Nesebar: A Trip Down Memory Lane

Today, a trip down memory lane – in more than one sense. First, the last time I saw the place we’re going to visit (when I took the photos) was in 1988 – I hazard the guess that a number of you weren’t even born then. Second, this is (or was then) a place forgotten by time and the world. And finally… photos from thirty years ago: look at their quality! That is, their lack of it (admittedly not helped by the scanner).

The Church of Christ Pantokrator, Nesebar
The Church of Christ Pantokrator, Nesebar

Nesebar is an island in Black Sea, about 30 kilometres northeast of the harbour town of Burgas in Bulgaria, very close to shore – so close that nowadays it’s no longer an island, being connected to the mainland by a narrow, man-made causeway – and it’s famous for its medieval architecture and Greek ruins. In fact, it’s a UNESCO World Heritage site.

19th-century houses, typical of the region, Nesebar
Typical 19th-century houses in one of the narrow alleys of Nesebar

Founded by the Dorian Greeks in the 6th century BC, Nesebar became a thriving trading centre, including minting its own coinage. In due course it was taken over by the Romans, then became part of the Byzantine Empire. As Nesebar was one of the strongholds at the frontiers of the empire, it was for a few centuries fought over by Byzantium and the emerging kingdom of Bulgaria. The Ottoman Empire eventually toppled Byzantium, and Nesebar was captured by the Turks in 1453, the same year Constantinople fell. Its decline in the importance under Ottoman rule contributed to the preservation of the town as if frozen in time: little changed in Nesebar in the following five centuries. Finally, with the driving out of the Turks at the end of the 19th century, Nesebar became part of Bulgaria.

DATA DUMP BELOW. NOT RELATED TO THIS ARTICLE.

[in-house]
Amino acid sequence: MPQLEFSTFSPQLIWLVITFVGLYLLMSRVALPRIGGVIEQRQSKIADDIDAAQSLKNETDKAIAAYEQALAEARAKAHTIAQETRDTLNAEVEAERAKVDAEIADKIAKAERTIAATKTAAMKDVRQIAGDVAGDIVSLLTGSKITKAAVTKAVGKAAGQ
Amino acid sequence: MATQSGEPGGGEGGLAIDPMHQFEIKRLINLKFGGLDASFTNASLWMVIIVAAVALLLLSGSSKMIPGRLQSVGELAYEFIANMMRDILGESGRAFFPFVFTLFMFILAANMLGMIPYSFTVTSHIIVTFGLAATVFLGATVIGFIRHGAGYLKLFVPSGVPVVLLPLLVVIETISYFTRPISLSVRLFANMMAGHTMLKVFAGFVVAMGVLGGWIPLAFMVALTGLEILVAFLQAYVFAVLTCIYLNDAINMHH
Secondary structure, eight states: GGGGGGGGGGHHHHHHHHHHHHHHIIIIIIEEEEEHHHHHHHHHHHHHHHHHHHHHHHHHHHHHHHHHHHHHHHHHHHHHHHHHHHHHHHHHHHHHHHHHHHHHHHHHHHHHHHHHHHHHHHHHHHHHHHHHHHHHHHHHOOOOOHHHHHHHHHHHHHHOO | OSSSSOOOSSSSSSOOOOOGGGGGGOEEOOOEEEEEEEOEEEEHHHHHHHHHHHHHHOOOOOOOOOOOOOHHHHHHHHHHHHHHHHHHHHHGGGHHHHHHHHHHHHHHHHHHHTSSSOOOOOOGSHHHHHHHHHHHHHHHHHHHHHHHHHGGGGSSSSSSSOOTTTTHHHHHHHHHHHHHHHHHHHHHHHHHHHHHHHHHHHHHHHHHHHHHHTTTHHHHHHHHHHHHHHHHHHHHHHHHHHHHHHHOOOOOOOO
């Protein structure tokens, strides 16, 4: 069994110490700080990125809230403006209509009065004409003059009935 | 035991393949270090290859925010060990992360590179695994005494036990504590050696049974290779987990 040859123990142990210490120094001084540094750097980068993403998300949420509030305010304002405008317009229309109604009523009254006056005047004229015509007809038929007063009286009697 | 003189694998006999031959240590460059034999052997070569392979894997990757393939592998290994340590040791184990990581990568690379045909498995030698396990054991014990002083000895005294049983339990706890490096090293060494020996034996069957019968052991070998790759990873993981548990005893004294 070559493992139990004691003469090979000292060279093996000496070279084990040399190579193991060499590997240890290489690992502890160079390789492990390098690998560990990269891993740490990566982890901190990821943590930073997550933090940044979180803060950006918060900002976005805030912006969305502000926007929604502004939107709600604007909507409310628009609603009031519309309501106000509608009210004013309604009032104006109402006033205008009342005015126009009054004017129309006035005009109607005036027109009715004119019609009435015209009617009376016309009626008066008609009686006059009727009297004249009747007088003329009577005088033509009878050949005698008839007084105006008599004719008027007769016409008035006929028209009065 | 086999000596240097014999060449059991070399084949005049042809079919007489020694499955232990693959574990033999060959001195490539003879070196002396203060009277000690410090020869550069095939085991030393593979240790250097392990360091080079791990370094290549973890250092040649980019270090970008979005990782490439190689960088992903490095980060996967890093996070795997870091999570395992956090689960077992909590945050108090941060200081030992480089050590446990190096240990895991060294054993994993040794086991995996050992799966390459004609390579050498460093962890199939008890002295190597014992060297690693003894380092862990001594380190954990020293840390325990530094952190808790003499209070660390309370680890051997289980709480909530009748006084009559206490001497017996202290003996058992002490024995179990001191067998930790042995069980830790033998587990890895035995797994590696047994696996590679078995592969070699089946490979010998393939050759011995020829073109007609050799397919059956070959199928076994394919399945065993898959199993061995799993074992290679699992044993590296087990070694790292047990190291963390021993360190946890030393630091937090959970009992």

View of Nesebar from the causeway
View of Nesebar from the causeway

I first saw Nesebar when I was fourteen; it was the first time I saw a genuinely medieval town (as opposed to the odd surviving building or castle here and there). It made a lasting impression although I’ve seen many others since. But comparing my old pictures to ones taken by others more recently I noticed this: with the fall of communism the town has clearly been restored and some of the churches opened for visitors. Worth a visit again?

Harbour, Nesebar
Harbour, Nesebar
⇒ For more up-to-date photos (rather less cloudy too): Nesebar on the UNESCO World Heritage List
⇒ Or read about my visit to another historic town on the UNESCO World Heritage List: First Impressions of Toledo
⇒ Although not a lot of people know it, Bulgaria is one of the oldest countries in Europe. Read about one of their earlier tsars who for a while conquered Nesebar: Simeon, the Great on the website of Radio Bulgaria.


3 thoughts on “Nesebar: A Trip Down Memory Lane

  1. I first went to Nessebar in 1993. This past summer, we stopped to lunch there on our way to Sinemoretz. I doubt you could reproduce your 1988 photo today, with no crush of people surrounding your family and no tourist stands almost overwhelming the architectural treasures. There is no reason to be nostalgic for the old regime, but that doesn’t mean one can’t be wistful for a less commercial UNESCO World Heritage site.

    Liked by 1 person

    1. It seems a shame when commercialism overruns everything… sadly it’s the case all over the world. A few years ago I went to Mont Saint-Michel in France and after all, it’s a religious place but it was completely crowded with gift-shops – you could barely move along in the alleys and it obviously alters the feel of the place completely! But I suppose ultimately the income from tourism helps to keep these places alive and well-cared for… so it’s not all bad. The truth is that we contribute to this phenomenon ourselves – merely by being tourists!

      Liked by 1 person

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